You could drive from Delhi to Ladakh between June and September but it would be crazy take forever because of the rugged mountain terrain. The rest of the year, the passes into Ladakh are snowbound, so driving is out of the question. We went there in the summer but we didn’t have a lot of time, so we flew into Ladakh’s main city, Leh.

The Ladakh region is the only part of Jammu and Kashmir state, where we were allowed to go due to security concerns. Even in Ladakh, you need special permission from the Indian Government to go anywhere outside of Leh because Ladakh borders on both China and Pakistan and India has border disputes with both countries, so there is a heavy military presence in the area. If you are thinking about going there, your travel agent will help you get the required permissions.

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The distance between Delhi and Leh is about 620 miles (1,000 km) and the flight takes a little over an hour, so it is very convenient and you fly over the Himalayas, which is pretty darn amazing. It looks like this:

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IMG_20140818_104951 Yup, those are glaciers alright. Did I mention this was in late August?!! But then again we are talking about the Himalayas...

Everyone knows the Himalayas are huge but it takes seeing them from above to actually grasp their enormity and to understand why the monsoon never makes it all the way to Ladakh and Tibet. We flew there during the monsoon season and could actually see the wet and rainy plains turn into wet and rainy mountains but the further north we flew, the drier the mountains got until we reached Ladakh, which is basically a high desert (you can also kinda see that on the second map above). The Himalayas are so freaking tall that they block the advance of the monsoon rains to the north.

Leh is at 11,500 ft (3,500 m) above sea level and that’s no joke if you’re new to high altitude. We were told that we should acclimate for a couple of days in Leh before going any higher. The problem was we we had 4 days total and our plan was to go up to Pangong lake on the Chinese border at 14,000 ft (4,300 m), so we got about a day of acclimation, which was not enough but more on that later.

In Leh we stayed at the Grand Himalaya hotel, which was OK. Friends had recommended the Grand Dragon but it was full.  The Grand Himalaya is not bad but our understanding is that the Grand Dragon is nicer. Both hotels are built in the Ladakhi architectural style with beautiful woodwork but the the Grand Himalaya had some strange “features” - misaligned marble slabs in the bathroom, windows and doors didn’t quite close, and occasional gasoline smell from the generator. The food was mostly Ladakhi, which is similar to Tibetan/Chinese with momos (fried or steamed dumplings with various fillings) figuring prominently. Our room was spacious and comfortable, the location was good (right below Leh Palace and a short walk from downtown) and the staff was friendly and helpful, so we couldn’t really complain. Here are a couple of pictures (the one to the left is from the hotel’s website):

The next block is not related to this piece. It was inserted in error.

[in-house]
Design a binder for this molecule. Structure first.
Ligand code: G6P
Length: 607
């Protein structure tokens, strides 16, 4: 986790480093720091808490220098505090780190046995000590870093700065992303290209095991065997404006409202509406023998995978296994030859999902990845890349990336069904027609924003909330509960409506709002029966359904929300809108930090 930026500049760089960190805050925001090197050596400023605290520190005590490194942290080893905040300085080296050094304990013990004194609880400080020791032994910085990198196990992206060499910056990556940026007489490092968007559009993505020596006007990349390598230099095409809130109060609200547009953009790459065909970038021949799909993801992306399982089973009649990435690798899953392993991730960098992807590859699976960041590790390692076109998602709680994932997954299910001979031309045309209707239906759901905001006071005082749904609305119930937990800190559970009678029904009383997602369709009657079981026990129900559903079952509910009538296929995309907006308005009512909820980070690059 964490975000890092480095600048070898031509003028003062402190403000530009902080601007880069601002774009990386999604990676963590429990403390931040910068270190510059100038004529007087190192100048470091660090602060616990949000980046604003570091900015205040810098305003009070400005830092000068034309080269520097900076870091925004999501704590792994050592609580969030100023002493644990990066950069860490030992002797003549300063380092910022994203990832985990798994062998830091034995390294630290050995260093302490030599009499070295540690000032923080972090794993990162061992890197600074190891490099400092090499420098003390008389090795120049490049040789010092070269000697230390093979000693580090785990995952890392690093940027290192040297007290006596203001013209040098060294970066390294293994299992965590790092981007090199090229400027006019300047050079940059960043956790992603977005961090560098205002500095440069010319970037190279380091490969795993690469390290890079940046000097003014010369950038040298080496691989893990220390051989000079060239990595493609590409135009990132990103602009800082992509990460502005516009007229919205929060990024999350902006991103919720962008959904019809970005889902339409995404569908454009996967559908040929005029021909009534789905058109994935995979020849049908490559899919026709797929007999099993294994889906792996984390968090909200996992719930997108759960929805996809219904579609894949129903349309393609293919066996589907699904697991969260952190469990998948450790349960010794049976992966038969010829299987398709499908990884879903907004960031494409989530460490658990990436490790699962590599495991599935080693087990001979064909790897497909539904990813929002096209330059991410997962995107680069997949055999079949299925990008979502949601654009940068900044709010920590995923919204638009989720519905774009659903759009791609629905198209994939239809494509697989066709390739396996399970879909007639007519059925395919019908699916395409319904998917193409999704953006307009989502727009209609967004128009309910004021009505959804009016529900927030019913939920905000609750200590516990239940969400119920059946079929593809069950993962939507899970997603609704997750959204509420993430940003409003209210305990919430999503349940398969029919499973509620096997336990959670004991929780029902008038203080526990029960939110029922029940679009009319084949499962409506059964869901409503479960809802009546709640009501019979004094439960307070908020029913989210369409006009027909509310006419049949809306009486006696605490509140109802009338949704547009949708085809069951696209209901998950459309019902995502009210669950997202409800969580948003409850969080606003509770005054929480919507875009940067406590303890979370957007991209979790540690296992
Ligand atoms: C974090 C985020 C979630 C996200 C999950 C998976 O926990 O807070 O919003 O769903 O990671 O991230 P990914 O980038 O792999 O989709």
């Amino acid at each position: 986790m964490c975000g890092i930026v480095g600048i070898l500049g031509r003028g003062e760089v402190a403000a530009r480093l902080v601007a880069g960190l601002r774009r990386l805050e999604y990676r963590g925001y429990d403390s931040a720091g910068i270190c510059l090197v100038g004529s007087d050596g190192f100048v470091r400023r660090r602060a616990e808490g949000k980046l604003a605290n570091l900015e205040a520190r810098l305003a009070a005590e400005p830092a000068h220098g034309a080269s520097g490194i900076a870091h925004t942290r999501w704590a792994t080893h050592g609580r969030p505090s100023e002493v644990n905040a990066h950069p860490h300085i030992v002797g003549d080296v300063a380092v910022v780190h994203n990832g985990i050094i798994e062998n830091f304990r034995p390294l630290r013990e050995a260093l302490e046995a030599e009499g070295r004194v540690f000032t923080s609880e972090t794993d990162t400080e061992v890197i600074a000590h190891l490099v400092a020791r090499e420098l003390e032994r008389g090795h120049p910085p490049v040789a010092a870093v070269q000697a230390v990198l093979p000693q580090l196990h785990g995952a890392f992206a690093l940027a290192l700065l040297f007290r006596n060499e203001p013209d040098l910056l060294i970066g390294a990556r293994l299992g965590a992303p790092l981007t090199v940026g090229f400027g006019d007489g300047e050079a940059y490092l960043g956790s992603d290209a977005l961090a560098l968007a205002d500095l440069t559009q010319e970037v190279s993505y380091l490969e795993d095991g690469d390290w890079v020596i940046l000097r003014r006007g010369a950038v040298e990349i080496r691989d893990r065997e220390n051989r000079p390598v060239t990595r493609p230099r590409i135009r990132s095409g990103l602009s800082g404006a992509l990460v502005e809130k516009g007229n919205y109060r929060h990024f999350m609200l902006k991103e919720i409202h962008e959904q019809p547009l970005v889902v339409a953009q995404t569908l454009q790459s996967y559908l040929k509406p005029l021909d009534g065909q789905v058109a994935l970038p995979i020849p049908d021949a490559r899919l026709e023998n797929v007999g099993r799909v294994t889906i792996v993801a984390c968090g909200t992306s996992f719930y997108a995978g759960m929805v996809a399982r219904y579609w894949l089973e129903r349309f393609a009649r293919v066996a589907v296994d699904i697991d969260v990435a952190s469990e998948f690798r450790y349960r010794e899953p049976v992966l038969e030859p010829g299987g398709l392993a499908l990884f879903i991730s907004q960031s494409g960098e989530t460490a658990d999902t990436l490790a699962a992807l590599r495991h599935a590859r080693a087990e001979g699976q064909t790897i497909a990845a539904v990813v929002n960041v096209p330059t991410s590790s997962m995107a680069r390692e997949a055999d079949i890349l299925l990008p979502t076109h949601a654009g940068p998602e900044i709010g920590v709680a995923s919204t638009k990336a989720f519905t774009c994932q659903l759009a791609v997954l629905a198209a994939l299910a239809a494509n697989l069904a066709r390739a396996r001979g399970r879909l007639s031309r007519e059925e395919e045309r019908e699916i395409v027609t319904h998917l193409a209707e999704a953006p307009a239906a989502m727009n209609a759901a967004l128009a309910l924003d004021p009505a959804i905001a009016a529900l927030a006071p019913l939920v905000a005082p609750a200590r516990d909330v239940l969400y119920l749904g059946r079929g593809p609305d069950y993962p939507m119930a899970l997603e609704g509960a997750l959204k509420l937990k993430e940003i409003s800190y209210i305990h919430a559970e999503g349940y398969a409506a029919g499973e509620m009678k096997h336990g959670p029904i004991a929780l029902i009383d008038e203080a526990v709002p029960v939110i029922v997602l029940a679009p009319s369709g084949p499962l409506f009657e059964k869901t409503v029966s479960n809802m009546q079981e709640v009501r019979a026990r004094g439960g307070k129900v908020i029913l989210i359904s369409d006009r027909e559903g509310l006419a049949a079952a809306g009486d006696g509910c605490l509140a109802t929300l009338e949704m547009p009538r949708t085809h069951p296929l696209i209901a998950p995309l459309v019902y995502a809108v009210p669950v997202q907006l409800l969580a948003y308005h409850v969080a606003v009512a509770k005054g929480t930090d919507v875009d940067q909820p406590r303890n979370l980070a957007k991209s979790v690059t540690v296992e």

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We took it easy the first day because we needed to acclimate to the high altitude. We lounged about in the hotel before noon and then took a nap. In the afternoon, we had our driver take us to Leh Palace, which was perched on a hill above our hotel. The palace is an interesting multi-story structure (see picture below) but there is very little left inside – just a temple, empty rooms and terraces.IMG_0650 
The views from the palace however are really cool – you see the whole city, spread beneath you in an emerald-green river-fed valley surrounded by austere-looking treeless mountains.

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After Leh palace, we went to Shanti (peace) Stupa, a Buddhist monument built by the Japanese on another hill at the outskirts of Leh for more breathtaking views of the valley, the surrounding mountains and the stupa itself.

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On the way back from the Shanti Stupa we decided to take a walk downtown, so here are a few more scenes from Leh:

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Unfortunately, there was some beautification project going on when we were there, so the downtown area looked like a war zone but you could see that it would be nice when finished because the streets were lined with shops and interesting old buildings. There was a lot of activity going on despite the construction and the mini dust storm, which came out of nowhere while we were walking around.

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By the time we got back to the hotel we were so tired we were ready to pass out, so we just ordered room service and went to bed. We were starting to feel the effects of the high altitude – we were all short of breath and some of us had headaches. We had a long trip ahead of us the next day and we were going higher, so we bought a bottle of oxygen, just in case.

Even though I was exhausted, I had a hard time falling asleep that night. Breathing was a struggle and I just couldn’t relax enough to fall asleep. I kept an eye on the kids, who were also having breathing difficulties. I was worried about the next day knowing we were going higher. I was starting to think that perhaps going to Ladakh with the kids, was not such a good idea after all but everything was already paid for. Plus, we still wanted to see Pangong Lake. They say high altitude makes you stupid because the brain doesn’t get enough oxygen and I have to say, I felt rather dumb and panicky that night (though not as dumb and panicky as I felt the following night).

Coming up: Ladakh Part 2 – Pangong Lake.